Leadership in hospitals should adopt the social model of management because it shows that employees are crucial stakeholders who can make their decisions for the benefits of an organization. The model allows participation by workers in formulating the vision and mission of an organization (Han, Chiang & Chang 2010). This enables employees to work towards realizing their vision and accomplishing the mission they formulated. This could be reflected in customer satisfaction. The model also allows employees to plan. The advantages of planning by workers in an organization would be learning that happens (Vera & Crossan 2004). The learning by the workers will be key to individual and group performance within the organization (Han et al 2010).

Leadership in hospitals should adopt TQM with the aim of fostering good performance and patient satisfaction. TQM could also reduce costs incurred by hospitals because the management system within the TQM concentrates on sound financial management and responsibility among employees. Leaders in hospital settings should involve employees in the decision-making process within the organizations to ensure that they work towards achieving some of the goals and objectives they formulated. TQM promotes leadership in hospitals by greatly increasing customer experience and reducing costs (Kennedy & Fiss 2009). Modern hospitals should endeavor towards adopting the TQM system for efficiency, strategic planning, and strategic decision making (Han et al 2010).

The role of leadership in implementing TQM in the hospital

Sound Leadership in the hospital is important in the successful implementation of TQM. Implementation of TQM takes a lot of time and resources. Leaders need to be committed in order to implement TQM in their healthcare institutions. Leaders in the hospital identify the TQM model to use in their institution. The chosen model depends on the benefits it could bring to the hospital. Therefore, leaders do a cost-benefit analysis to assess the cost that could be incurred in implementing TQM and the benefits. If the leaders find that the benefits are more than the cost, then they could adopt the proposed TQM model. On the other hand, leaders in the hospital could change a proposed TQM model when they realize that it has more costs than the expected benefits.

The hospital leadership is also essential in making a proposed TQM model be accepted by personnel in the hospital. Hospital workers are important in ensuring that a TQM model is successfully implemented in the hospital. The leadership could play a role in explaining the benefits of implementing TQM in the hospital. When the hospital workers are aware of the benefits TQM could bring to the hospital, then they could combine efforts to ensure that the TQM implementation is carried out successfully in the hospital.

Implementation of TQM in the hospital requires sound planning by the hospital leadership. It has been established that sound planning goes a long way in ensuring that the proposed TQM model is successfully implemented in the hospital. The leadership should hire experts who have proven experience in spearheading TQM implementation in other institutions. After hiring the experts, the leadership should provide the required resources for planning and implementation.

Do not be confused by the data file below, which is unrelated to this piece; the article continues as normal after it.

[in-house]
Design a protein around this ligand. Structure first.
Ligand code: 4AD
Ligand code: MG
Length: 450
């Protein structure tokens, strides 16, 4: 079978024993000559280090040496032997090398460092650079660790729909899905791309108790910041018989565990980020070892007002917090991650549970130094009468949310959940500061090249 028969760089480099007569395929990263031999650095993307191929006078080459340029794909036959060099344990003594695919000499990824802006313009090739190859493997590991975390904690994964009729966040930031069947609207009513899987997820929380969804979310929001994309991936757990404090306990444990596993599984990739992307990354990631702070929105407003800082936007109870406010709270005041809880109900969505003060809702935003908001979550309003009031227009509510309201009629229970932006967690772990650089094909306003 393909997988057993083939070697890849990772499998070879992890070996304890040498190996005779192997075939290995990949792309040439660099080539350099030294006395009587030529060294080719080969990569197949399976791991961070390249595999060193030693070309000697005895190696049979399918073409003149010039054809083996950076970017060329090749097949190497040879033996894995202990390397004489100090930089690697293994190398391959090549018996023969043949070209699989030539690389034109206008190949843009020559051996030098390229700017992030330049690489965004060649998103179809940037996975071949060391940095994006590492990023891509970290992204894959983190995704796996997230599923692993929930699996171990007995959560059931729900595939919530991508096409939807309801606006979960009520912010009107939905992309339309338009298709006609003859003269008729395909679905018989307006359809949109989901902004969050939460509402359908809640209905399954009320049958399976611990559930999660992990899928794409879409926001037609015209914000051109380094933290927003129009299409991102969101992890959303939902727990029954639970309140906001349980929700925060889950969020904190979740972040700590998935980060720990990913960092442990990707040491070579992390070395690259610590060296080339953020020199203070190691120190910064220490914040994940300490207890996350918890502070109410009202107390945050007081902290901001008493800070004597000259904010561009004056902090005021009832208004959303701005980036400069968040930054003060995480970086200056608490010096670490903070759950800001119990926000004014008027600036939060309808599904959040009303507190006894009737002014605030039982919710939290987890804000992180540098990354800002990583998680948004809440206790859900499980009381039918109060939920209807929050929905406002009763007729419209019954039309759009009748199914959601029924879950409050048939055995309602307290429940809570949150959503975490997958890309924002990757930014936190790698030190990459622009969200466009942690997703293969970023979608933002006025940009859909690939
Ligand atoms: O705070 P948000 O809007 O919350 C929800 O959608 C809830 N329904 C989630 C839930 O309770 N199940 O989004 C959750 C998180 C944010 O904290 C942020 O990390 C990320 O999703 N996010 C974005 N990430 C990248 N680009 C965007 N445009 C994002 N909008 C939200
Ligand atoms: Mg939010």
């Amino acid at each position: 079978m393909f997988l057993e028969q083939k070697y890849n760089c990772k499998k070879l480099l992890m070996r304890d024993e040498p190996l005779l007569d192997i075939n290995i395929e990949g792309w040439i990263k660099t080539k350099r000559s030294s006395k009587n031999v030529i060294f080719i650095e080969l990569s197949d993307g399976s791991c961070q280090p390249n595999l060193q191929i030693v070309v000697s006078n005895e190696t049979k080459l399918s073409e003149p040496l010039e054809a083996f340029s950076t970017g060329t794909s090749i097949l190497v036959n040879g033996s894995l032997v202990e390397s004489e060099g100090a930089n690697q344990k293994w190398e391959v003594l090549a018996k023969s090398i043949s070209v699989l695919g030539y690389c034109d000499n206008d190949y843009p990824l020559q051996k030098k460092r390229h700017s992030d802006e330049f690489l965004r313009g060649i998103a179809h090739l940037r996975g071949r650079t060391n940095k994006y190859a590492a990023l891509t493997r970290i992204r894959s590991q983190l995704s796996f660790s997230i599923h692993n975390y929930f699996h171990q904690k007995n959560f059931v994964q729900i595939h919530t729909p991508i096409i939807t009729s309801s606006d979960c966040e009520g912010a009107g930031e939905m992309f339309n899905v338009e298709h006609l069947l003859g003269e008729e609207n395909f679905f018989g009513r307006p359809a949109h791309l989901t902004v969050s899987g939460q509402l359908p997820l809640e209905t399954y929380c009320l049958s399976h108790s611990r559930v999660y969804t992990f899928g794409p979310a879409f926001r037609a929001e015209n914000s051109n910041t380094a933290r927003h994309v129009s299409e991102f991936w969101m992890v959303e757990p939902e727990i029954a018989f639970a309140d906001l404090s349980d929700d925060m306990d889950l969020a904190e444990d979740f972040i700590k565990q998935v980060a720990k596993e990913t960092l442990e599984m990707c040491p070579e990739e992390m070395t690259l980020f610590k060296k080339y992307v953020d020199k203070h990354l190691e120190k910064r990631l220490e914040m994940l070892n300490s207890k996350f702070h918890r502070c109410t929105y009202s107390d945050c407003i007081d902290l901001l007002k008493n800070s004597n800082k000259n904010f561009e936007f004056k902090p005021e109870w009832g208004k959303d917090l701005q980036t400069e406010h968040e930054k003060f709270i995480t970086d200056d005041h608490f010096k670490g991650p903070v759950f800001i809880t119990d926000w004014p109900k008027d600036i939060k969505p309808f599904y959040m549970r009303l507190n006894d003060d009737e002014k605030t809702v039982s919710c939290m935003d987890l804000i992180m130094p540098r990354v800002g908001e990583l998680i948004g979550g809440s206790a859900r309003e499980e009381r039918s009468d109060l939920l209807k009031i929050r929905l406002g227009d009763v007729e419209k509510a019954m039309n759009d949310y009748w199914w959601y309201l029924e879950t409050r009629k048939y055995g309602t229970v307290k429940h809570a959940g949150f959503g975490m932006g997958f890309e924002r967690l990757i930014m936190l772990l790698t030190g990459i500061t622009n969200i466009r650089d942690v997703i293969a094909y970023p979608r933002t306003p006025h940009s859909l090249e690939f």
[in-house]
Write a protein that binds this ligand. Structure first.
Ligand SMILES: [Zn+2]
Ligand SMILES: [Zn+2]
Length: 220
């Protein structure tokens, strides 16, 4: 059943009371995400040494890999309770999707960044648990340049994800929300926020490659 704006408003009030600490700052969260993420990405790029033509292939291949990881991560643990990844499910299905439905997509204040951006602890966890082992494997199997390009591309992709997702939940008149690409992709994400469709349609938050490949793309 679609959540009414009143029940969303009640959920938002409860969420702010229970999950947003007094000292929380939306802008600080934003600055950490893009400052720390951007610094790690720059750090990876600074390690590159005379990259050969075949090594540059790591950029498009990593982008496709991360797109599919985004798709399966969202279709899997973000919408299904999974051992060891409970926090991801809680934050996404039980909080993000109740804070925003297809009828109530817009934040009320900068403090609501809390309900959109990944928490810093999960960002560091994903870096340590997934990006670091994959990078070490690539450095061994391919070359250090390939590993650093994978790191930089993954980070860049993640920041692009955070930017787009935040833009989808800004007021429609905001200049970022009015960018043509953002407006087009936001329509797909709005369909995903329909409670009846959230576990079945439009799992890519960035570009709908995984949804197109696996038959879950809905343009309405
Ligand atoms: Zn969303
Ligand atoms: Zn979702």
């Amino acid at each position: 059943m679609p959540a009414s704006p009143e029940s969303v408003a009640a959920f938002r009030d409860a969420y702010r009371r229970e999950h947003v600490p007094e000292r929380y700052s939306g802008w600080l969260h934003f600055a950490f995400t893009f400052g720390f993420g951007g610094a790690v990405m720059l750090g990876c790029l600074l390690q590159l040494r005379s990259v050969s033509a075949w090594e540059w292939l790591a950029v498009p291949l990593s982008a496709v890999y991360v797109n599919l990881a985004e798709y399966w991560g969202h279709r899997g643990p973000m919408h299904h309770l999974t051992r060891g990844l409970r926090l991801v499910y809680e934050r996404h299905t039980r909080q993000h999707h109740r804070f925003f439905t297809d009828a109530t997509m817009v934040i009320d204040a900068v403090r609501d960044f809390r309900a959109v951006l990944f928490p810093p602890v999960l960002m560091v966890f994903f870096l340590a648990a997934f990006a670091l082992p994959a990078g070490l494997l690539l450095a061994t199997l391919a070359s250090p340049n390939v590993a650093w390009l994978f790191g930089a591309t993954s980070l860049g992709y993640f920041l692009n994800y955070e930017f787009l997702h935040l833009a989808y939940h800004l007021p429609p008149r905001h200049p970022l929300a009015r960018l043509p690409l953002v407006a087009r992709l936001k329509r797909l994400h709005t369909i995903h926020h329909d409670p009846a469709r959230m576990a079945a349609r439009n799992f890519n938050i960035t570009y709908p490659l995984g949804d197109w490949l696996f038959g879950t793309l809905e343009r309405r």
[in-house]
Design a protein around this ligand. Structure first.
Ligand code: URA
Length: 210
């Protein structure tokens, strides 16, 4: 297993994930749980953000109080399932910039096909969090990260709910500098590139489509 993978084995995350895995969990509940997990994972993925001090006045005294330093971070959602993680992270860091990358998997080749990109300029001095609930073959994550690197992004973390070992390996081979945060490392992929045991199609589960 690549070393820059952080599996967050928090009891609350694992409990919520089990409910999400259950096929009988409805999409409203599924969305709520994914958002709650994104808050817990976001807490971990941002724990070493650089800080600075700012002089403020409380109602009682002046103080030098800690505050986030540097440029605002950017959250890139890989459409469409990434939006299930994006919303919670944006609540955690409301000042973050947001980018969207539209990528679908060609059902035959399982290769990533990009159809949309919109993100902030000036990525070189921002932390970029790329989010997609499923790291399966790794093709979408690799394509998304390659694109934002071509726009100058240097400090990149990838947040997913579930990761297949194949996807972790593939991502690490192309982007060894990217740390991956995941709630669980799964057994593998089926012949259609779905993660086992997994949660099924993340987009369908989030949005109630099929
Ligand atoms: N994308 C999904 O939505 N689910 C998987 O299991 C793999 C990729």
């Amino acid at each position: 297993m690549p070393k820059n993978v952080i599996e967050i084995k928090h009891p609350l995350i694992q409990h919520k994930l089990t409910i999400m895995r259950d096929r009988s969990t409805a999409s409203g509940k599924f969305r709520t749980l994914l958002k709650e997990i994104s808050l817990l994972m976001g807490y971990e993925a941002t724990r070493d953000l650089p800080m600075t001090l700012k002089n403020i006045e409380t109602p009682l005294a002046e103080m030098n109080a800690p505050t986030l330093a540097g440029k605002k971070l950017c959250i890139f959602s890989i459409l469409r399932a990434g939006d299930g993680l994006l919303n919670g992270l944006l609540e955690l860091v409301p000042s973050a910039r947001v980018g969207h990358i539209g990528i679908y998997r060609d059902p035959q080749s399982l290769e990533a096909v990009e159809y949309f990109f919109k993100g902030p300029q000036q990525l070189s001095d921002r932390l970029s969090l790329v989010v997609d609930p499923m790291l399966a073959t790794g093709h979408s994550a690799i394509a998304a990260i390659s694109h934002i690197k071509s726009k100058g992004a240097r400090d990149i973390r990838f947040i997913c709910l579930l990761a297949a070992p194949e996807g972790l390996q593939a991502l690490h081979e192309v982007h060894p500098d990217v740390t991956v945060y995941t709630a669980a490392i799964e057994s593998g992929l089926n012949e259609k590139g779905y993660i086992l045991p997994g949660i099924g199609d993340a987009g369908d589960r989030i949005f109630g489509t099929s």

Finally, the leadership in the hospital could play a crucial role in evaluating the successes and failures of the implemented TQM model. When the hospital leadership identifies the areas that are contributing to failures of the implemented TQM model, then it could propose ways of rectifying the problems in the future.

References

Easton, GS, & Jarrell, SL, 1998 “The Effects of Total Quality Management on Corporate Performance: An Empirical Investigation”, The Journal of Business, Vol. 71, No. 2, pp. 253-307.

Han, TS, Chiang, HH, & Chang, A, 2010, “Employee participation in decision making, psychological ownership and knowledge sharing: Mediating role of organizational commitment in Taiwanese high-tech organizations”, The International Journal of Human Resource Management, Vol. 21, No.12, pp. 2218-2233.

Kennedy, MT, & Fiss, PC, 2009, “Institutionalization, framing, and diffusion: The logic of TQM adoption and implementation decisions among US hospitals”, Academy of Management Journal, Vol. 52, No. 5, pp. 897-918.

Lakshman, C, 2006, “A theory of leadership for quality: Lessons from TQM for leadership theory 1”, Total Quality Management & Business Excellence, Vol. 17, No.1, pp. 41-60.

Miller, WJ, Sumner, AT, & Deane, RH, 2009, “Assessment of quality management practices within the healthcare industry”, American Journal of Economics and Business Administration, Vol.1, No. 2, pp. 105.

Rad, AMM, 2005, “ A survey of total quality management in Iran: barriers to successful implementation in health care organizations”, Leadership in Health Services, Vol. 18, No. 3, pp. 12-34.

Svensson, G, 2005, “Leadership performance in TQM: a contingency approach”, The TQM Magazine, Vol. 17, No. 6, pp. 527-536.

Vera, D, & Crossan, M, 2004, “Strategic leadership and organizational learning. Academy of Management Review, Vol. 29, No. 2, pp. 222-240.